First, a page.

“Hope” for Equal Pay for Female Athletes?
CHICAGO, IL – You would think that in 2017, women would be getting closer to equal pay for equal work and this should ring even truer if the women outperform the men in a company, right? Well, think again. The US is far from remedying the issue, and the US women’s soccer team is a prime example of the continuing inequality and gender discrimination.
In the world of international soccer, the US women’s team has been an international marvel, winning world and Olympic championships year after year. Meanwhile, the US men’s team has historically been mediocre. US Soccer, the governing body of both teams, pays members of the national teams who represent the US in international competitions; however, US Soccer happens to pay the women’s soccer team nearly 40% less.
Back in 2016, five of the women’s soccer team’s star players filed with the Equal Employment Opportunity Commission (“EEOC”) citing the pay discrepancy, and stating that US Soccer shortchanged the women on per diems, bonuses, and appearance fees.
Inspirational US goalkeeper Hope Solo, 36-year-old, explained, “The numbers speak for themselves… We are the best in the world, have three World Cup championships, four Olympic championships, [yet the men’s players] get paid more to just show up than we get paid to win major championships.”
Almost a year after first initiating the EEOC discrimination case, Solo is reigniting discussions of the equal pay for woman. While Sold was sidelined after the Rio de Janeiro Olympics for calling Sweden’s team “cowards” for their defensive tactics during the games, she is back and looking forward to resuming playing. The superstar claims she has offers to play overseas.
Solo believes she has plenty of fight left in her, “Let’s be clear, a goalkeeper peaks a little bit later in their career, so I feel like I have many years ahead of me if that opportunity arises… I’m very happy with my career should I walk away from the game today, but I’m not one to retire. I have not retired.”
Before she was benched, Solo stood up for her rights against US Soccer management and actively lobbied for women’s athletes to earn equitable salaries to the male national team players. Moreover, now that she is back in the spotlight, she hopes to find greater equality than she was provided in the US.
Moreover, she now claims US Soccer engaged in unlawful retaliation because her “contract got terminated because of [her] fight for equal pay with the United States Soccer Federation.” Solo explained, “I’m not sure until the lawsuit is over, that anything will change that. In the meantime I’ve had great opportunities and great contract offers to go back overseas and play. Possibly you’ll see me overseas next year.”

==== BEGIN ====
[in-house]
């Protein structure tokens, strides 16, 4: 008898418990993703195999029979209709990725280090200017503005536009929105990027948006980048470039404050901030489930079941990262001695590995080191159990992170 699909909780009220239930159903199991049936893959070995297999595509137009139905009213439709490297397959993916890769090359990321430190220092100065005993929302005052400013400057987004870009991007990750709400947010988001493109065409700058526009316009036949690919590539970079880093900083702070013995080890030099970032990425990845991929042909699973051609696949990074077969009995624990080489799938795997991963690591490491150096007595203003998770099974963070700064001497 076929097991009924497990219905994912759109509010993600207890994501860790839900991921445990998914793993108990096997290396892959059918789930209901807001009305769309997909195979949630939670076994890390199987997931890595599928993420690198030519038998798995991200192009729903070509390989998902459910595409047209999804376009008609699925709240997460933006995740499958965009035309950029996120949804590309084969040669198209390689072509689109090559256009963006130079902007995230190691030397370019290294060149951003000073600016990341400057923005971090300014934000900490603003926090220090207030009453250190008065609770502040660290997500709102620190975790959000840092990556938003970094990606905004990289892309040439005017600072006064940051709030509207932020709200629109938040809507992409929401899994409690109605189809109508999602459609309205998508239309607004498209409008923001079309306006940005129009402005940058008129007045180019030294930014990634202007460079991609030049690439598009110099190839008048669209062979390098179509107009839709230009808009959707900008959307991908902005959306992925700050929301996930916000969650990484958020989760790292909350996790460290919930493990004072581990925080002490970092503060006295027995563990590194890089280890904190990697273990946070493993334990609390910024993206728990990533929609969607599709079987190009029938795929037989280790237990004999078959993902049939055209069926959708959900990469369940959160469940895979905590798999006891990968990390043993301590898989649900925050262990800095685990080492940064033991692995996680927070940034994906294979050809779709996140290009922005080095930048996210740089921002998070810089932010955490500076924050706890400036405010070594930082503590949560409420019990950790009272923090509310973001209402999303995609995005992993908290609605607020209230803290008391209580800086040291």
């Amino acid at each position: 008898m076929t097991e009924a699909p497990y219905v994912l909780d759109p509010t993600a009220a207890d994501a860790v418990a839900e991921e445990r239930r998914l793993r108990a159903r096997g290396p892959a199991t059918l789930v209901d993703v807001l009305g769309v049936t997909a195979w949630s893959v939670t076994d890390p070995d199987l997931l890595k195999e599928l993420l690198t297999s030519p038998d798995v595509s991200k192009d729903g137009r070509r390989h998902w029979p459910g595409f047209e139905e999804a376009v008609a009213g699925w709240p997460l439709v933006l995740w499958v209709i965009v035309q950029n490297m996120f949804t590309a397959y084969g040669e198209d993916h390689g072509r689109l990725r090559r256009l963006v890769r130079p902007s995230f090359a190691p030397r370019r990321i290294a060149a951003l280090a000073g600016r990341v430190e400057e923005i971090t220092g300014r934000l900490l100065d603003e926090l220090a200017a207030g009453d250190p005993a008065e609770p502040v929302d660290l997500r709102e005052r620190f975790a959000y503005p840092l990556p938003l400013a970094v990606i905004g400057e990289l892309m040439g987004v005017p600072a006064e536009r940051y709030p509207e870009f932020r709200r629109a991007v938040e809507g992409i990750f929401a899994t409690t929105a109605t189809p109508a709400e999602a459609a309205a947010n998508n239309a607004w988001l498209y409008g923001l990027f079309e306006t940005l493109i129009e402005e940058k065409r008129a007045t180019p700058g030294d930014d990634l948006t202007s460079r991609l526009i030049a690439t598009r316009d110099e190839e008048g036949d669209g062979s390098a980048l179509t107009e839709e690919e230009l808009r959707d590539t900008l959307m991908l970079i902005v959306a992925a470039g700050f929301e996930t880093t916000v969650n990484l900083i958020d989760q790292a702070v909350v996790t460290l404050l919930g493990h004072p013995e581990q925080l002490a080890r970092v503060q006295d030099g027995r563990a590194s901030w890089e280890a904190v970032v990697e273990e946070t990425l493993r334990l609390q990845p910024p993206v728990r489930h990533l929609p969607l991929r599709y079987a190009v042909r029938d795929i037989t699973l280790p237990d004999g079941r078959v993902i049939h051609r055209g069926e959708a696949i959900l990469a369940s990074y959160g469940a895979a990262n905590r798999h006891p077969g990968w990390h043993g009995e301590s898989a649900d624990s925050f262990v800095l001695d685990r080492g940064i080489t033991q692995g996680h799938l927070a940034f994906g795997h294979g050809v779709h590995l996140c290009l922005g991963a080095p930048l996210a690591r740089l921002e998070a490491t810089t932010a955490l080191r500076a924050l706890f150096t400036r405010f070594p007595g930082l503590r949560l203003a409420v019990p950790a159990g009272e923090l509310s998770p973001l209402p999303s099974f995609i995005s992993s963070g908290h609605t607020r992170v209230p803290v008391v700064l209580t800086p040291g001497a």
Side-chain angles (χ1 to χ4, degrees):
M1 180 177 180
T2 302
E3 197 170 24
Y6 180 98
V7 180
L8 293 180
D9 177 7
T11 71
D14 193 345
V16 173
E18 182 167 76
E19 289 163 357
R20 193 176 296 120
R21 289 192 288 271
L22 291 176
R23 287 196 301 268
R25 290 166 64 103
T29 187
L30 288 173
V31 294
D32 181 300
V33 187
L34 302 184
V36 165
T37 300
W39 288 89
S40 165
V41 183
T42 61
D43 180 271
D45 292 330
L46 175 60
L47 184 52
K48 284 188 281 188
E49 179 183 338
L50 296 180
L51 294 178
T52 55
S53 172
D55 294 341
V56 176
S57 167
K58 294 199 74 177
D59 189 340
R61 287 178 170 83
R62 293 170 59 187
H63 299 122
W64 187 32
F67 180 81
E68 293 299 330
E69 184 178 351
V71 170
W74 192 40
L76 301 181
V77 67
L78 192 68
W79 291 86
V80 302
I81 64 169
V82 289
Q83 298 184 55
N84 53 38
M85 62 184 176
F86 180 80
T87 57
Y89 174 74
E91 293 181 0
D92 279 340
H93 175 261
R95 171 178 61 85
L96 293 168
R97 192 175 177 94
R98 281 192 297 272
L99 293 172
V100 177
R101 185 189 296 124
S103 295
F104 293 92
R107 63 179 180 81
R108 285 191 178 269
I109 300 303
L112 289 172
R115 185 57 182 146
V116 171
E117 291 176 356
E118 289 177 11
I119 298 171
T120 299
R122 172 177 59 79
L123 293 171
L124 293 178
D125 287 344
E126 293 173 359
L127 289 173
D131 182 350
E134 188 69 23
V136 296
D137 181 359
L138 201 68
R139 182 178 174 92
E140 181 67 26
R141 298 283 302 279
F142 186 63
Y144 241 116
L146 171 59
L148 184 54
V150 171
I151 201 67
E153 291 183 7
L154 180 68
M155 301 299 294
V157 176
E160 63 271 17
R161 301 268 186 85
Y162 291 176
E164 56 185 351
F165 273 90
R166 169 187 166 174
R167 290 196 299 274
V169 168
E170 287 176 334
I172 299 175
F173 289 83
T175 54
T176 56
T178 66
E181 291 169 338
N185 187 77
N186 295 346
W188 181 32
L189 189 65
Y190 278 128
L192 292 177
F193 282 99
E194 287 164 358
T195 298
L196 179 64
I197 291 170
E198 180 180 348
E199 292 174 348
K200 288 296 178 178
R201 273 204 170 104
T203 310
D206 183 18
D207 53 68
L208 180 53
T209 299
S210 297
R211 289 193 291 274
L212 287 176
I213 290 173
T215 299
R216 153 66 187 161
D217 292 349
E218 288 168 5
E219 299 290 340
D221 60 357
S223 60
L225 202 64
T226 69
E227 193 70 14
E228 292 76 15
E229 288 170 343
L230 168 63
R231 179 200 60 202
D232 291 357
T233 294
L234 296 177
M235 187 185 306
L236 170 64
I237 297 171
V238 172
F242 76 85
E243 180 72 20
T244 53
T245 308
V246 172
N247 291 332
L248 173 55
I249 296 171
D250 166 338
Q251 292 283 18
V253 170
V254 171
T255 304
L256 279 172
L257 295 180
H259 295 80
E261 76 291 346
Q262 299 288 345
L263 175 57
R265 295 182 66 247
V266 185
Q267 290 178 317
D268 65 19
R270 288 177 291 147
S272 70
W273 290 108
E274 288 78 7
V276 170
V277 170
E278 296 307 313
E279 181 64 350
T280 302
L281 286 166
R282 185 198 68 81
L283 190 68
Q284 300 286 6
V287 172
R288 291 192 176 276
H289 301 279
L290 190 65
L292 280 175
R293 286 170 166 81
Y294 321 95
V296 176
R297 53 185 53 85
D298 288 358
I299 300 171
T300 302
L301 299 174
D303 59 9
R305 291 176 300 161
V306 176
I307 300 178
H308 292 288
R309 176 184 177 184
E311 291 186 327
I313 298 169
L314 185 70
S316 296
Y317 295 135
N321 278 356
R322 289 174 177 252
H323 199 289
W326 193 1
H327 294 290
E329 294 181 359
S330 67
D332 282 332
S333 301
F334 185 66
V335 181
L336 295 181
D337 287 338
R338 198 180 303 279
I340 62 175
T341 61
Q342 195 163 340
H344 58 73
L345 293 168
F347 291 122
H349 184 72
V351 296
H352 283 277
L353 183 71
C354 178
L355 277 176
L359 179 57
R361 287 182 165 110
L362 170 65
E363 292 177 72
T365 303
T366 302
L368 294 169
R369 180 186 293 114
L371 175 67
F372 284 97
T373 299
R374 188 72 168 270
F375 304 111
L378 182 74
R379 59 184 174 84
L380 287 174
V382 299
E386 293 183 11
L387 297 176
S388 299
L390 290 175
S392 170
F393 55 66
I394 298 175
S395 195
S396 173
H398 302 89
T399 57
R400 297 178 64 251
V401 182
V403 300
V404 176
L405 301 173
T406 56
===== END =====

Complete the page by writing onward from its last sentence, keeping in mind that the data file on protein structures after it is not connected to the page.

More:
While Solo may not be offered the salary to match her fame, her talents are in demand. Back in March 2017, her teammates voted for her to play with the 2019 World XI team. “I’ve always wanted to play in the 2019 World Cup… I’m in the best shape of my life in terms of my shoulder. I feel great. Should [the US] welcome me back then I will be in the goal competing and hopefully bringing back another World Cup trophy, but it’s highly unlikely they are going to ask for me to come back. But I’m here guys.”
Equal play for athletes playing a such a high level or professionally is a tricky subject. On the one hand the men are being paid amounts grossly above their equivalent women’s teams—just turn on ESPN and see how much coverage is provided for women in sports— yet, on the other hand, the men’s teams bring in much more revenue.
Each instance of unequal pay requires individual analysis by an employment attorney. There are many protections under Federal, state law, and for employees in New York City, under city law.
Under federal law, the 1963 Equal Pay Act, requires employers to pay men and women equally for doing the same work. The intent of the Act was to rectify the wage disparity for female workers. Successful claims under the Equal Pay Act involve cases where an employee is 1) working in the same place under similar working conditions, 2) doing equal work (requiring. the same skill, effort, and responsibility), and 3) a person of the opposite sex receives unequal pay.
Essentially all workers are covered by the Equal Pay Act, both women and men, and regulates the conduct of state, local, and federal governments and most private employers.
Under New York state law, workers are protected under the Achieve Equal Pay Act. This New York state Act essentially provides the same protections found under the federal law, but much more employee friendly. Moreover, the Achieve Equal Pay Act empowers females by making it unlawful for employers to prohibit employees from discussing their wages or the wages of other employees, provides anti-retaliation protection for employees, and carries extreme penalties for any lawbreakers.
All women (and men) have rights in the work place, especially the right to demand equal pay for equal work! The skilled New York City sexual harassment and discrimination attorneys at the Derek Smith Law Group, PLLC, have years of experience litigating claims of pregnancy discrimination. Working with our Philadelphia sexual harassment attorneys, we have recovered millions on behalf of our clients who have experienced sexual harassment discrimination. If you believe that you have been treated unfairly, do not hesitate to give our office a call, toll-free, at (800) 807-2209. for your free consultation.

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